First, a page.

Camille Pissarro, "The Boulevard Montmartre at Night" painting
Camille Pissarro, "The Boulevard Montmartre at Night," 1897, oil on canvas, 21 x 25 1/2 in. Collection The National Gallery Bought, Courtauld Fund, 1925

Plein Air History: Camille Pissarro

As a plein air painter, you are part of one of the largest art movements in history. Learn about those who have helped start this movement in some way, and be inspired to continue your own journey.

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Camille Pissarro (French, 1830–1903)

Inspired by Camille Corot and Gustave Courbet, Camille Pissarro often fled the hustle and bustle of Paris to paint the countryside. Like many of his contemporaries, he preferred to paint in the open air, but while others chose to complete their work in the studio, Pissarro finished his outside.

In later years, the artist suffered from a recurring eye infection that prevented him from working outdoors much of the year. He spent more and more time in the city, often renting apartments or hotel rooms, where he painted views of the urban landscape from the windows.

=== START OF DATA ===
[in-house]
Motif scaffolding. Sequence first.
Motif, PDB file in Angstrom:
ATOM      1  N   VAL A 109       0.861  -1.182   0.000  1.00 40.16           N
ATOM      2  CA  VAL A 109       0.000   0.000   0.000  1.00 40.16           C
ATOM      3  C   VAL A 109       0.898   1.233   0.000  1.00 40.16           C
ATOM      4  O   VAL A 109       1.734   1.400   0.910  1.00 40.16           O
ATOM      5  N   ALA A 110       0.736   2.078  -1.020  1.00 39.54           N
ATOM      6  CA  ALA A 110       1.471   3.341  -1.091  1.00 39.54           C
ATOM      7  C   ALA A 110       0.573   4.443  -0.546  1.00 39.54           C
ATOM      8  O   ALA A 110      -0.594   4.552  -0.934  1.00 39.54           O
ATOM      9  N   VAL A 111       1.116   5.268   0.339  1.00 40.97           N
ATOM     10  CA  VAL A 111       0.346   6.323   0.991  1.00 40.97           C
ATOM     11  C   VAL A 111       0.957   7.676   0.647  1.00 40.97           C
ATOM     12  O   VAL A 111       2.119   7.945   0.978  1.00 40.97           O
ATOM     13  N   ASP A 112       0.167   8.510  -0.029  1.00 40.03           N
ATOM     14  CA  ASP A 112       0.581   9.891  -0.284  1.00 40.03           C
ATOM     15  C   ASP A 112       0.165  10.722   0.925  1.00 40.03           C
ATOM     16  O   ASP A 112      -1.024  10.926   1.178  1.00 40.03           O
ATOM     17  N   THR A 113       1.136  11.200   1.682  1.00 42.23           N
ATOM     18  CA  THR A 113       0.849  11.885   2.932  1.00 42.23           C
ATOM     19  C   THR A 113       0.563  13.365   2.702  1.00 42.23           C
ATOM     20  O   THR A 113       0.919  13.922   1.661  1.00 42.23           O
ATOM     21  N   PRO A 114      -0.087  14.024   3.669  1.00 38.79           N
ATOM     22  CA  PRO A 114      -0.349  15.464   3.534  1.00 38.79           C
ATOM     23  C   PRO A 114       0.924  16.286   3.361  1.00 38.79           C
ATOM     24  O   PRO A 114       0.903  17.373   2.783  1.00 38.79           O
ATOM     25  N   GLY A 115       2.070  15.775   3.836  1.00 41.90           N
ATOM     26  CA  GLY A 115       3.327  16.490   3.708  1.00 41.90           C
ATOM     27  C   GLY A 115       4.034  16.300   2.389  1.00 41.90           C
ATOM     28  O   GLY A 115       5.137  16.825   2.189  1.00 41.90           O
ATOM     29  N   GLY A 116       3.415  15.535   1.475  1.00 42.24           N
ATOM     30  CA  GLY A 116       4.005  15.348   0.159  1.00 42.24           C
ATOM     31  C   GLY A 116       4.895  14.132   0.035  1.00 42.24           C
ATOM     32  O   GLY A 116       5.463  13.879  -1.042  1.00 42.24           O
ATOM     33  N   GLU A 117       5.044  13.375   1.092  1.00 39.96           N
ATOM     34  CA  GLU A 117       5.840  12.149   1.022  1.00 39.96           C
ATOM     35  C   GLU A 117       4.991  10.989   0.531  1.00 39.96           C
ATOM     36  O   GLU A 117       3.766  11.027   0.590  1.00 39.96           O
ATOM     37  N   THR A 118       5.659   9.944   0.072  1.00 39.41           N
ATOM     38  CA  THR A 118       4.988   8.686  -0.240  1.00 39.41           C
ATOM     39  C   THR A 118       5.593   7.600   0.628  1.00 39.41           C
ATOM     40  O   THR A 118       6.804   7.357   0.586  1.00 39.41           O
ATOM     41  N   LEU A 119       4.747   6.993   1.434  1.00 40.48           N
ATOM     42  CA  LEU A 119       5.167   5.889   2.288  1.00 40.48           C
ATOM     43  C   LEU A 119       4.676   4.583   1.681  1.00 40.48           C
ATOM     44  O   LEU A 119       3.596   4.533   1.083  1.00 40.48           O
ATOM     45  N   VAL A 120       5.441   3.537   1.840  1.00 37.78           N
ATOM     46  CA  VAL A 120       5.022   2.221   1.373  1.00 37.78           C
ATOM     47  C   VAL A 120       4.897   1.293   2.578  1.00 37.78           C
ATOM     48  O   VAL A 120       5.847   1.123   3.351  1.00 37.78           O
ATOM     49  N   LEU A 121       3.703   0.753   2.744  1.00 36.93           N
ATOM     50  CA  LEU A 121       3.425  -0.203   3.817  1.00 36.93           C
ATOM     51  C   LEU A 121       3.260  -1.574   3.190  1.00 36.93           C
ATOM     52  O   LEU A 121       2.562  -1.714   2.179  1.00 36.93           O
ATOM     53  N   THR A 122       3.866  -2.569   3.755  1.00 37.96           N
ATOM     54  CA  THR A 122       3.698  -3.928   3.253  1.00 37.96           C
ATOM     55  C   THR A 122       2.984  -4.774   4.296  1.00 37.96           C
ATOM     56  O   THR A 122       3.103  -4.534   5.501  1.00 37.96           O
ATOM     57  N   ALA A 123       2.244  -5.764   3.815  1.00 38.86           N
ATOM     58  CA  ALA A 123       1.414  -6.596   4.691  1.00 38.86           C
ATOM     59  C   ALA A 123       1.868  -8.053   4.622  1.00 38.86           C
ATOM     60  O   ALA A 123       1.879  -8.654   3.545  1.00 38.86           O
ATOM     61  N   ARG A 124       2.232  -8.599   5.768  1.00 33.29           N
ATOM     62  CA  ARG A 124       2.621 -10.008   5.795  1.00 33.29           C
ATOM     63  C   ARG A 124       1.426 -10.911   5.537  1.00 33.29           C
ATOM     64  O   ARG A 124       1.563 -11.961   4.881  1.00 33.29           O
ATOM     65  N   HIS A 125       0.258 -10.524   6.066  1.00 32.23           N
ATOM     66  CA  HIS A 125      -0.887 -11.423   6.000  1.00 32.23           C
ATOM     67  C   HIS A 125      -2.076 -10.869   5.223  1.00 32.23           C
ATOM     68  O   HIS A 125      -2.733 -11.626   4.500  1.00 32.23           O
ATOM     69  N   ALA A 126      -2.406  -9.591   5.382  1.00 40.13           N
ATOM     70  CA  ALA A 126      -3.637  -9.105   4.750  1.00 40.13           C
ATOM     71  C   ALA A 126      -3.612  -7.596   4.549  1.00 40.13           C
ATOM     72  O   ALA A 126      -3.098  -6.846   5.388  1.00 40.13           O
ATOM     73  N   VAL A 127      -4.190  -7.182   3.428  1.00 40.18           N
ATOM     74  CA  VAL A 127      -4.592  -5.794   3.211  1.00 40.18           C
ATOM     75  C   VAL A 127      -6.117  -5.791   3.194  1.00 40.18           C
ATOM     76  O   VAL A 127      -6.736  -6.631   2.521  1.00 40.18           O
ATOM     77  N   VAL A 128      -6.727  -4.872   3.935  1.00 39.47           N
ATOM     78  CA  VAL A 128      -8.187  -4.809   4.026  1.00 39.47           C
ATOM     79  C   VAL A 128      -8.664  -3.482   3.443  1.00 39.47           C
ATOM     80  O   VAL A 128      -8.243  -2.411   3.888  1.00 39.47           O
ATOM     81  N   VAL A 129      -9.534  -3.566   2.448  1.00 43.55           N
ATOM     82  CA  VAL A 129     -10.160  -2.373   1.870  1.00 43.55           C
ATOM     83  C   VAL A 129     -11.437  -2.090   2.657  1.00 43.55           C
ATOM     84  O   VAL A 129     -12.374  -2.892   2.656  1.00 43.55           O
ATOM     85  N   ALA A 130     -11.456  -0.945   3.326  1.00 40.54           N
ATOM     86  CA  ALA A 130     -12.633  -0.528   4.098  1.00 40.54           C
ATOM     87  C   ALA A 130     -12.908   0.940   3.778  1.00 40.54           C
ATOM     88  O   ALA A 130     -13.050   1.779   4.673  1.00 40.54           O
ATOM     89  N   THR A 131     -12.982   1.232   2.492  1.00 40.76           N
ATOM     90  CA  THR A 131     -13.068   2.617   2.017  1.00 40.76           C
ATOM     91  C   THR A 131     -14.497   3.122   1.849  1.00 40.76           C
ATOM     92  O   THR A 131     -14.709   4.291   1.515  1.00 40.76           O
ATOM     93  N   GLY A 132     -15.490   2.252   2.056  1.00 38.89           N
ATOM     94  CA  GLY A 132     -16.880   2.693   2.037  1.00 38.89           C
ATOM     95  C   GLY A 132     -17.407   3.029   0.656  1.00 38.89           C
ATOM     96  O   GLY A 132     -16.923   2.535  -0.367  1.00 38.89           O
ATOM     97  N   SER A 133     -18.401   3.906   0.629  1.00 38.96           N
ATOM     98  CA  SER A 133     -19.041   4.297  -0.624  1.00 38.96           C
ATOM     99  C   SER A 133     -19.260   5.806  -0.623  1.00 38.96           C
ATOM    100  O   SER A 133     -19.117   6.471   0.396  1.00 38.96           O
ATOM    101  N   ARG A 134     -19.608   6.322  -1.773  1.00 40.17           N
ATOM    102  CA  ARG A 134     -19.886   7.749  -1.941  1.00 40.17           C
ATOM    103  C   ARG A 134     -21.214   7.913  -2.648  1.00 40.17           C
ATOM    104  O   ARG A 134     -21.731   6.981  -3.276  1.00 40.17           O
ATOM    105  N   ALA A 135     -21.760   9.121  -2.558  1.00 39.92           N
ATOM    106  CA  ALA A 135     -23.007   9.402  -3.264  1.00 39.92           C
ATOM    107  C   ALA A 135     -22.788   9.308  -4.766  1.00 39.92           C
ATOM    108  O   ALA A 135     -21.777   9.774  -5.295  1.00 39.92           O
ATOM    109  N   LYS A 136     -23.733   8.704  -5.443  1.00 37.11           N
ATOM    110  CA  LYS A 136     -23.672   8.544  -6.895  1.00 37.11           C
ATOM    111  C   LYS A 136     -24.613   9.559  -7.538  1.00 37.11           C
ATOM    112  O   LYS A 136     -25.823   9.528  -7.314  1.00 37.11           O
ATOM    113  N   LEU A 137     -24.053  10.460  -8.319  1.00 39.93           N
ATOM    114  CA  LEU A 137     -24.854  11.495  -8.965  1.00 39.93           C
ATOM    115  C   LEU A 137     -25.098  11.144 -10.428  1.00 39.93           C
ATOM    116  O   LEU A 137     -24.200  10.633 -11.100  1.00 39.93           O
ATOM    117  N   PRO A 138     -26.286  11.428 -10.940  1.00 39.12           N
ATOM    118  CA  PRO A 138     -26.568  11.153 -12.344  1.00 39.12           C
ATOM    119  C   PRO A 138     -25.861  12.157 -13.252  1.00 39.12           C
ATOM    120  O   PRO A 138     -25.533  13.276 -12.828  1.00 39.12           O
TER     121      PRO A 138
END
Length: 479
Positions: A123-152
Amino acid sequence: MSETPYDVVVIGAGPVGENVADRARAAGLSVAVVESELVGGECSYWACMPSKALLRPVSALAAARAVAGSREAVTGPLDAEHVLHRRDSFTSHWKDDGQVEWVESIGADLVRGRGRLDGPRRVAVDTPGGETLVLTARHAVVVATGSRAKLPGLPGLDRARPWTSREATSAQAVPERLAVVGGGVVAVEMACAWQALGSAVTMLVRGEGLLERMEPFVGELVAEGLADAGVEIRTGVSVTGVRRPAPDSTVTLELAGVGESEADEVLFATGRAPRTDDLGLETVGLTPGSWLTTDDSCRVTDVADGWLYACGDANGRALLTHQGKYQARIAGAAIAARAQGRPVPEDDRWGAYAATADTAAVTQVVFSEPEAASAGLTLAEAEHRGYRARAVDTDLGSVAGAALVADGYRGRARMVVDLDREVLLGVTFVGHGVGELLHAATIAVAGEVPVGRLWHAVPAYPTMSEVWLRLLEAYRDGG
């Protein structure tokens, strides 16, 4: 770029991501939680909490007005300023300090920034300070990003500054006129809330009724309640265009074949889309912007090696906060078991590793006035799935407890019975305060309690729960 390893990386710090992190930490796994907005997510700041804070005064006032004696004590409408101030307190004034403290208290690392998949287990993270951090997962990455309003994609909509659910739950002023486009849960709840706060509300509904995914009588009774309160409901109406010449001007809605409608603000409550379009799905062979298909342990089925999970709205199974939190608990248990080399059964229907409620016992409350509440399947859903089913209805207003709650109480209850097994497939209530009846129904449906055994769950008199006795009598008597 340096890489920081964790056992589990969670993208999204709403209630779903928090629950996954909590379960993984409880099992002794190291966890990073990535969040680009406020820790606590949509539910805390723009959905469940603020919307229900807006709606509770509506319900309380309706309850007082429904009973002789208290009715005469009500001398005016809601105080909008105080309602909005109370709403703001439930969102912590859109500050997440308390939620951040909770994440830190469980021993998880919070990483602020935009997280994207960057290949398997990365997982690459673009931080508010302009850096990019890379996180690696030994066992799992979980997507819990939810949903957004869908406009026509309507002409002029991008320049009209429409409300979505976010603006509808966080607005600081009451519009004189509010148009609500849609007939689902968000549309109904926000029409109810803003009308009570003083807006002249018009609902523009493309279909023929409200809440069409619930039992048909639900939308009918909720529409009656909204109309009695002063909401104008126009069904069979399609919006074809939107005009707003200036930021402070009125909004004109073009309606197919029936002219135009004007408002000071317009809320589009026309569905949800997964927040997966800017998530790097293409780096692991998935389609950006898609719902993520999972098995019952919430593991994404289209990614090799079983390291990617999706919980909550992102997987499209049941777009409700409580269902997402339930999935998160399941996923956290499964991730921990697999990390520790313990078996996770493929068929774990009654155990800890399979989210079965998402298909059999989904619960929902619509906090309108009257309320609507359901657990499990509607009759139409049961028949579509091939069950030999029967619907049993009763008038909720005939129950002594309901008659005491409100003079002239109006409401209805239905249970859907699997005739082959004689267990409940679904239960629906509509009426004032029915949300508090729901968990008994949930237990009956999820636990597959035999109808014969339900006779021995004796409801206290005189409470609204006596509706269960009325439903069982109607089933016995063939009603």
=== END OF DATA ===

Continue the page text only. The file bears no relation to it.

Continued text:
In February 1897, he took a room in Paris at the Hôtel de Russie on the corner of the Boulevard des Italiens and the Rue Drouot, and produced a series of paintings of the Boulevard Montmartre at different times of the day. This painting is the only night scene of the series, and offers a masterful portrait of the modern city.

Created at a time when easy access to artificial light was still new, Pissarro’s repeated patterns of flickering carriage lights and street lamps provide a magical look at the City of Lights as it defies the encroaching, isolating darkness.

Watch a documentary about the plein air painting movement to learn more about its history and evolution:

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